Why are critics calling the $450 million (R6.2 billion) Leonardo painting fake? The art world and chattering classes are casting doubt on a recently-sold Leonardo da Vinci.
Even before Da Vinci’s Salvator Mundi went to auction last night at Christie’s in New York, art world naysayers were savaging its authenticity. A day before the sale, New York Magazine’s Jerry Saltz wrote that he’s “no art historian or expert in old masters”, but “one look at this painting tells me it’s no Leonardo”.
And that was before the painting obliterated every previous auction record, selling, with premium, for $450 million.
Soon after the gavel came down, the New York Times published a piece by critic Jason Farago wherein — after also noting he’s “not the man to affirm or reject its attribution” — he said the painting is “a proficient but not especially distinguished religious picture from turn-ofthe-16th-century Lombardy, put through a wringer of restorations”.
Had the buyer of the most expensive painting in the world just purchased a piece of junk? “All of the most relevant people believe it’s by Leonardo, so the rather extensive criticism that goes ‘I don’t know anything about old masters, but I don’t think it’s by Leonardo’ shouldn’t have gone to print,” says British old masters dealer Charles Beddington.
“It’s a picture that needed to be extensively restored. But the fact that it’s unanimously accepted as a Leonardo shows it’s in good enough condition that there weren’t questions of authenticity.”
After speaking to multiple prominent old masters dealers, the real issue regarding the Leonardo’s validity seems to be a question of education: “All old masters have had work done to them,” says dealer Rafael Valls. “They’ve all been scrubbed and cleaned, but when you think about a particular painting and say, ‘Oh, it’s by Titian, but a quarter of it was recreated by other restorers,’ it still is what it is”.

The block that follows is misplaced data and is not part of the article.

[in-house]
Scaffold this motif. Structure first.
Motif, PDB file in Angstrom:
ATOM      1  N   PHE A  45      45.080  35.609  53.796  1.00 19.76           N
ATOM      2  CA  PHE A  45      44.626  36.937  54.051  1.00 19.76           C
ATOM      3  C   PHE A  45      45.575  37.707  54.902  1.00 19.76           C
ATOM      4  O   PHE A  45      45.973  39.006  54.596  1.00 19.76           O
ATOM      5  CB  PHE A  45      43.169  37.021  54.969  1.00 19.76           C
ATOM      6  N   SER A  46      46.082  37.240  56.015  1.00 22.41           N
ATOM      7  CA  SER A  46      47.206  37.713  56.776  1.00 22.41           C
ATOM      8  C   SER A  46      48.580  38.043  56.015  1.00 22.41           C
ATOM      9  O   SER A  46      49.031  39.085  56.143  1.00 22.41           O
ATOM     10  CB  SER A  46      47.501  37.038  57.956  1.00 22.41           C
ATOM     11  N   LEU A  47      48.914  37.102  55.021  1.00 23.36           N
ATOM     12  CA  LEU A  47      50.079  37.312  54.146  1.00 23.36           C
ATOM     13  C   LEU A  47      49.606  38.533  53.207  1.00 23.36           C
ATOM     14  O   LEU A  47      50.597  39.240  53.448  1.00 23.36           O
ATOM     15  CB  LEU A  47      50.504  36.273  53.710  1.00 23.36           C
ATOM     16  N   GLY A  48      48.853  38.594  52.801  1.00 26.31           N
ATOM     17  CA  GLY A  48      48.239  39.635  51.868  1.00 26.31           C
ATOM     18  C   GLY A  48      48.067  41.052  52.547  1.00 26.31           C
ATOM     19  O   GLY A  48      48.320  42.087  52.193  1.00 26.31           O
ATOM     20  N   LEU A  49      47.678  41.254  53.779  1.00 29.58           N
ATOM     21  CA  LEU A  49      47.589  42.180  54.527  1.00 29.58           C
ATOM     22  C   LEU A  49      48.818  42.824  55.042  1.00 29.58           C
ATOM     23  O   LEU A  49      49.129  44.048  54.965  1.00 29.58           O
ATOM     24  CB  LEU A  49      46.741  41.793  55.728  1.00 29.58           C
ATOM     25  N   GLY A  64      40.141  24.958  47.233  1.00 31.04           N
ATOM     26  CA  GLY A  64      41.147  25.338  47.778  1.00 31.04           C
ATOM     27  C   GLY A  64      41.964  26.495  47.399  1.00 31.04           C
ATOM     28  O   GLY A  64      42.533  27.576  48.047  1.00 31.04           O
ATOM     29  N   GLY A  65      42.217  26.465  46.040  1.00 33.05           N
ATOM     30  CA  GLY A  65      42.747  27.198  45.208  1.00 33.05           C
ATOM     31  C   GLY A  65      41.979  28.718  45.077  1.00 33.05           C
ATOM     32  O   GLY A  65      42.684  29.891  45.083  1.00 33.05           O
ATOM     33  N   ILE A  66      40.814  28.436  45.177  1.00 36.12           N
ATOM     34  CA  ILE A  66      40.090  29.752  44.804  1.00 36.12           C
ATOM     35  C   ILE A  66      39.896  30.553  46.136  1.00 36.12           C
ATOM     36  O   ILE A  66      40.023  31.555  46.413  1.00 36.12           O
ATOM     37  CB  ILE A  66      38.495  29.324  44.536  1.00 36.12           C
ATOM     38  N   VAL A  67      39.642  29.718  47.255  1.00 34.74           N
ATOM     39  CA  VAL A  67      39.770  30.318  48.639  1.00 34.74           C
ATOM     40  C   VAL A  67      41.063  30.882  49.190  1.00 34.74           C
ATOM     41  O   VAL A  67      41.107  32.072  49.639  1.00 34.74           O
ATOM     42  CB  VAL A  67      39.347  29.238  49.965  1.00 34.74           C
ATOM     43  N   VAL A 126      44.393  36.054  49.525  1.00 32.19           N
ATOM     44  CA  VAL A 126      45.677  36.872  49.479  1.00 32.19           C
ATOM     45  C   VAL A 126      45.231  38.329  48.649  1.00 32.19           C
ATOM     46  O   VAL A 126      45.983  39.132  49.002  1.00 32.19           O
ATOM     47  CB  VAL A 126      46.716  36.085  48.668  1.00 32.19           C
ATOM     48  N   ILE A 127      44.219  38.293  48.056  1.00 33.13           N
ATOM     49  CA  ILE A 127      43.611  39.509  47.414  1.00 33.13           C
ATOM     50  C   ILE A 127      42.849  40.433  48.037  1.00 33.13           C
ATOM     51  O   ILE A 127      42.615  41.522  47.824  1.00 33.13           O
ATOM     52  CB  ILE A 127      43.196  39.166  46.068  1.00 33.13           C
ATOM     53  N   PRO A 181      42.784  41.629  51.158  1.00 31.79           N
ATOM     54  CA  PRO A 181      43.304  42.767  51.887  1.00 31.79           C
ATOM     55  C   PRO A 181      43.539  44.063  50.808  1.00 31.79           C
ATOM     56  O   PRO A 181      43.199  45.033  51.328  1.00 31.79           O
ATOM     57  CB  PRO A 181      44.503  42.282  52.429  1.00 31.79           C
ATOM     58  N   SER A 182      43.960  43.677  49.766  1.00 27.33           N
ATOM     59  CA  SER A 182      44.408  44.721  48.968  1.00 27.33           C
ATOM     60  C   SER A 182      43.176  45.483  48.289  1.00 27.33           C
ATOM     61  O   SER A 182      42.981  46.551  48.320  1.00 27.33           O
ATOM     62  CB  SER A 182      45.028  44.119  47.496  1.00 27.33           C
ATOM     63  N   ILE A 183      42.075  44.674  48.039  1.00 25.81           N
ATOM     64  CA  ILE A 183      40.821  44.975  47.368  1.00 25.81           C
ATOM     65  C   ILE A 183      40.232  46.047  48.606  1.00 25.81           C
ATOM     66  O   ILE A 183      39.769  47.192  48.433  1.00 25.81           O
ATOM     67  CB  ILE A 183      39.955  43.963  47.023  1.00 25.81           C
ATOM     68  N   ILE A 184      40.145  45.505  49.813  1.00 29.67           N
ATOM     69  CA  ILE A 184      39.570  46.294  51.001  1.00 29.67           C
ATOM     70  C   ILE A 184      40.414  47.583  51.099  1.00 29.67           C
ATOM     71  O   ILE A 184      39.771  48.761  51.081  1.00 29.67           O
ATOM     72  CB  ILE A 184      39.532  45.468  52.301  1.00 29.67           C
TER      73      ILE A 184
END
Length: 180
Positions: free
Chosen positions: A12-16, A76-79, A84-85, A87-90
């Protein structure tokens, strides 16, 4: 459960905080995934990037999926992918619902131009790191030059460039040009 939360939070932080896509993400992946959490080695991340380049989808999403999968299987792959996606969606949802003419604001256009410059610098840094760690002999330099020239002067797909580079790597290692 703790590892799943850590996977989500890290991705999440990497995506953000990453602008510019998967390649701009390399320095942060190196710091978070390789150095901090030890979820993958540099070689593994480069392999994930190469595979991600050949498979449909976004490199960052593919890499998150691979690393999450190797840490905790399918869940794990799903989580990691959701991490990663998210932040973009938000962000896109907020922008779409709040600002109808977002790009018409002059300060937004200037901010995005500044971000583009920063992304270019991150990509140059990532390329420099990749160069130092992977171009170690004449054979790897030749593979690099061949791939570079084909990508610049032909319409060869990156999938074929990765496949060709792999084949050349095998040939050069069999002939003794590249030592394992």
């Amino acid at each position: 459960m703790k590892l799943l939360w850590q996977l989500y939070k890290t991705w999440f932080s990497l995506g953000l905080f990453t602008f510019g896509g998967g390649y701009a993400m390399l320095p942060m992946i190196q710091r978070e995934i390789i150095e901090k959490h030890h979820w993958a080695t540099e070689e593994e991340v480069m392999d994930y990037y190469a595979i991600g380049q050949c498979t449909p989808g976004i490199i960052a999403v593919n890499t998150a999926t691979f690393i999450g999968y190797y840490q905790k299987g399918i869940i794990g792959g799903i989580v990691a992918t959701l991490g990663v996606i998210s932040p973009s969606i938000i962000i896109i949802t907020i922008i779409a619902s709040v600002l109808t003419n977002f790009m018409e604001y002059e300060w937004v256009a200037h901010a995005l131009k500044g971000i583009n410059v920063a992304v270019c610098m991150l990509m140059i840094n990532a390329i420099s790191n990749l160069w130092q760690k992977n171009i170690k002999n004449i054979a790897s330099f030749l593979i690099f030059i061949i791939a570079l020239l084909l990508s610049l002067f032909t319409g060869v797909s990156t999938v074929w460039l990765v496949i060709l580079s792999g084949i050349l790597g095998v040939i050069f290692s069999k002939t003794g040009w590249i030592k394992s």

Those in the art world who dismiss its authenticity, dealers say, are transferring criteria used to judge contemporary art onto old masters. “To a certain extent, you have to put condition aside,” says dealer Johnny van Haeften. “Of course it’s not perfect, and of course it’s not mint. But can you get another one?”
The painting was probably created in 1500. By the 1600s, it was in the court of Charles I, after which it popped up intermittently in inventory records, disappearing in the 1700s and reappearing in 1900 in the inventory of a manor house in Richmond.
It was sold in 1958 and disappeared again, resurfacing at auction in 2005, when three old masters dealers picked it up for $10 000.
They hired noted restorer Dianne Dwyer Modestini to remove the filth and varnish, at which point the painting was a shell of its former self. Significant portions of the composition were missing altogether.
The Leonardo could have been damaged in any number of ways. First, it came from Leonardo’s studio to England on horseback or in a cart and then by boat. For the next several centuries it could have hung in a moldy room with a leaky roof, or a smoky candelabra.
Even in the 18th century, people were aware paintings got filthy, so “every time paintings changed hands”, dealer Beddington says, “they got cleaned quite harshly”. This Leonardo, he says, “obviously changed hands quite a bit”.
When Modestini restored the painting, therefore, it was expected she would paint in what had been lost — both through her cleaning and those of previous owners — “keeping in character with what is left”, Beddington says.
The question for most old masters buyers, then, is not whether a painting is “authentic”, but to what degree it’s original. When it comes to infinitely rarer artworks “you have to compromise on the condition”, Van Haeften says.
“Because there’s no other possibility of acquiring one.” Dickinson adds: “You’re buying much more than the painting, you’re buying its history. Who’s looked at it, who’s touched it: You’re selling a dream: that what you’re in front of, Leonardo was once in front of.”